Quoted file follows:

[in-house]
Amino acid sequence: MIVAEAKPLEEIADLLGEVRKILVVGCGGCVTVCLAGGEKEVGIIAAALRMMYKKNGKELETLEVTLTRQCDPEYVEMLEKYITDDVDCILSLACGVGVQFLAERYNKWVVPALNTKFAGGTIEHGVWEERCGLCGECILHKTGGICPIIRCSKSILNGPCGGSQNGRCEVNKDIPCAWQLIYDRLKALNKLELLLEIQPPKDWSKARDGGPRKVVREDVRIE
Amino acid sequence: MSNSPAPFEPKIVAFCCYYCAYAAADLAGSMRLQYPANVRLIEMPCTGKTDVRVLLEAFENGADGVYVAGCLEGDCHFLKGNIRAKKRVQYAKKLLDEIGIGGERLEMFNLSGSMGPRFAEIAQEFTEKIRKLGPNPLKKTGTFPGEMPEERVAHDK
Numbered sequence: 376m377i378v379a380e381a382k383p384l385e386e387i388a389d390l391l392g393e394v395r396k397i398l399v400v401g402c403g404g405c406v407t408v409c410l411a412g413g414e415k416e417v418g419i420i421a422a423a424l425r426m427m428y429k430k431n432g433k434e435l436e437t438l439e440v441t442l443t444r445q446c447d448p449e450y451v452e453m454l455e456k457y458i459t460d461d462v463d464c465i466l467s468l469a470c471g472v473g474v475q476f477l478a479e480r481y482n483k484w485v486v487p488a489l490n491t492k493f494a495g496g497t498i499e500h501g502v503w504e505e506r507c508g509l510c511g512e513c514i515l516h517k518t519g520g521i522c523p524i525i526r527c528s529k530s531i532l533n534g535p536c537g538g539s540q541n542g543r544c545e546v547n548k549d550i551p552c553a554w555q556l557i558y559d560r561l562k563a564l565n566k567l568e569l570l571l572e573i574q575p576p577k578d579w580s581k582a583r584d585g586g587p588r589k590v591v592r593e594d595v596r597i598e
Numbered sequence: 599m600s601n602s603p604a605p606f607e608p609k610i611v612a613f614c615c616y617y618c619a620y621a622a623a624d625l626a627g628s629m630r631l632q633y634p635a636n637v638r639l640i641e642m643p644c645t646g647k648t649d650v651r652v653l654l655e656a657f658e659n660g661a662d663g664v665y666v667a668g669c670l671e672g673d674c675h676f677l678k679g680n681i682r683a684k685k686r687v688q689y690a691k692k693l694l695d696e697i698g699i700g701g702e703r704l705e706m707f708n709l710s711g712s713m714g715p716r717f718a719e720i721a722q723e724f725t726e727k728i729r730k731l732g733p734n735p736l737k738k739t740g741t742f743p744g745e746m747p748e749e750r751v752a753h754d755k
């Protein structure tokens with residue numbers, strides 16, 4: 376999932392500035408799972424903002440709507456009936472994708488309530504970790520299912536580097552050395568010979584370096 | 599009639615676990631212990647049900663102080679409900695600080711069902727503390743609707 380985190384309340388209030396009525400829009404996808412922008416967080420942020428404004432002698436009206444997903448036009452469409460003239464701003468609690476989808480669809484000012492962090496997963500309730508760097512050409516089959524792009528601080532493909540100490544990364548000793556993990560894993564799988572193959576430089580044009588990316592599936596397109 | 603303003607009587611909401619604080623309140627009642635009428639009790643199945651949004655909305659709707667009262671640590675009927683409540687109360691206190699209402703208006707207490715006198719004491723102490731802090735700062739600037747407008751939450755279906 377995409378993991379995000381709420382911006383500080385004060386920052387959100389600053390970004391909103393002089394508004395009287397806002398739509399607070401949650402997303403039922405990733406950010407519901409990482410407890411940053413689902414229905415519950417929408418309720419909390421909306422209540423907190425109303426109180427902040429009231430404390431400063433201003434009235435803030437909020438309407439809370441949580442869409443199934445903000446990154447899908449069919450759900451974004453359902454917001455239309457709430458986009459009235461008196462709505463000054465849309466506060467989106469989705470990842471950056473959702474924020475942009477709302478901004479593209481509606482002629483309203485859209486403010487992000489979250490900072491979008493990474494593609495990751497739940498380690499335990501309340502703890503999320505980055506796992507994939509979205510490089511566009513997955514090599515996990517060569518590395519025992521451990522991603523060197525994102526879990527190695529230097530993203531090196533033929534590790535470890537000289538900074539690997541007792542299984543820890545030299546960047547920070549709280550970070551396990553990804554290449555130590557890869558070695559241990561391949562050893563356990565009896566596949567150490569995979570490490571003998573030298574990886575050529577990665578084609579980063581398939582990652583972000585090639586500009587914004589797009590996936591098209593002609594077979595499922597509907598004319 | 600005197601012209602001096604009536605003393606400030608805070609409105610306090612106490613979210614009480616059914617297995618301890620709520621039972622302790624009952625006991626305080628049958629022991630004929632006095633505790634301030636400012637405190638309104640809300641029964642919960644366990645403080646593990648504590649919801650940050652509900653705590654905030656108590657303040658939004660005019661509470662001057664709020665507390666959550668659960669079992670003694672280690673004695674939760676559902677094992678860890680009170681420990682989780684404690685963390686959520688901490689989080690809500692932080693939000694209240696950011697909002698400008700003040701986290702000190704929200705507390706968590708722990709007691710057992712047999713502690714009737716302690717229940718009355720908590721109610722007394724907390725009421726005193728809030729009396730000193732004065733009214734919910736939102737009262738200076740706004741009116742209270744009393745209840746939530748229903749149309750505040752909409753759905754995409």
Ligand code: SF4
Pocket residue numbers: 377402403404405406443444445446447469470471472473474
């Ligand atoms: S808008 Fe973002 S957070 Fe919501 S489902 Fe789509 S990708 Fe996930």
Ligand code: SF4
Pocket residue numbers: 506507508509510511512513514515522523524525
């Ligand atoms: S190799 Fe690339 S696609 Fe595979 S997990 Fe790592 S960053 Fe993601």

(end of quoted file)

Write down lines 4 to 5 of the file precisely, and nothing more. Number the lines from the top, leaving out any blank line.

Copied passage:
Numbered sequence: 376m377i378v379a380e381a382k383p384l385e386e387i388a389d390l391l392g393e394v395r396k397i398l399v400v401g402c403g404g405c406v407t408v409c410l411a412g413g414e415k416e417v418g419i420i421a422a423a424l425r426m427m428y429k430k431n432g433k434e435l436e437t438l439e440v441t442l443t444r445q446c447d448p449e450y451v452e453m454l455e456k457y458i459t460d461d462v463d464c465i466l467s468l469a470c471g472v473g474v475q476f477l478a479e480r481y482n483k484w485v486v487p488a489l490n491t492k493f494a495g496g497t498i499e500h501g502v503w504e505e506r507c508g509l510c511g512e513c514i515l516h517k518t519g520g521i522c523p524i525i526r527c528s529k530s531i532l533n534g535p536c537g538g539s540q541n542g543r544c545e546v547n548k549d550i551p552c553a554w555q556l557i558y559d560r561l562k563a564l565n566k567l568e569l570l571l572e573i574q575p576p577k578d579w580s581k582a583r584d585g586g587p588r589k590v591v592r593e594d595v596r597i598e
Numbered sequence: 599m600s601n602s603p604a605p606f607e608p609k610i611v612a613f614c615c616y617y618c619a620y621a622a623a624d625l626a627g628s629m630r631l632q633y634p635a636n637v638r639l640i641e642m643p644c645t646g647k648t649d650v651r652v653l654l655e656a657f658e659n660g661a662d663g664v665y666v667a668g669c670l671e672g673d674c675h676f677l678k679g680n681i682r683a684k685k686r687v688q689y690a691k692k693l694l695d696e697i698g699i700g701g702e703r704l705e706m707f708n709l710s711g712s713m714g715p716r717f718a719e720i721a722q723e724f725t726e727k728i729r730k731l732g733p734n735p736l737k738k739t740g741t742f743p744g745e746m747p748e749e750r751v752a753h754d755k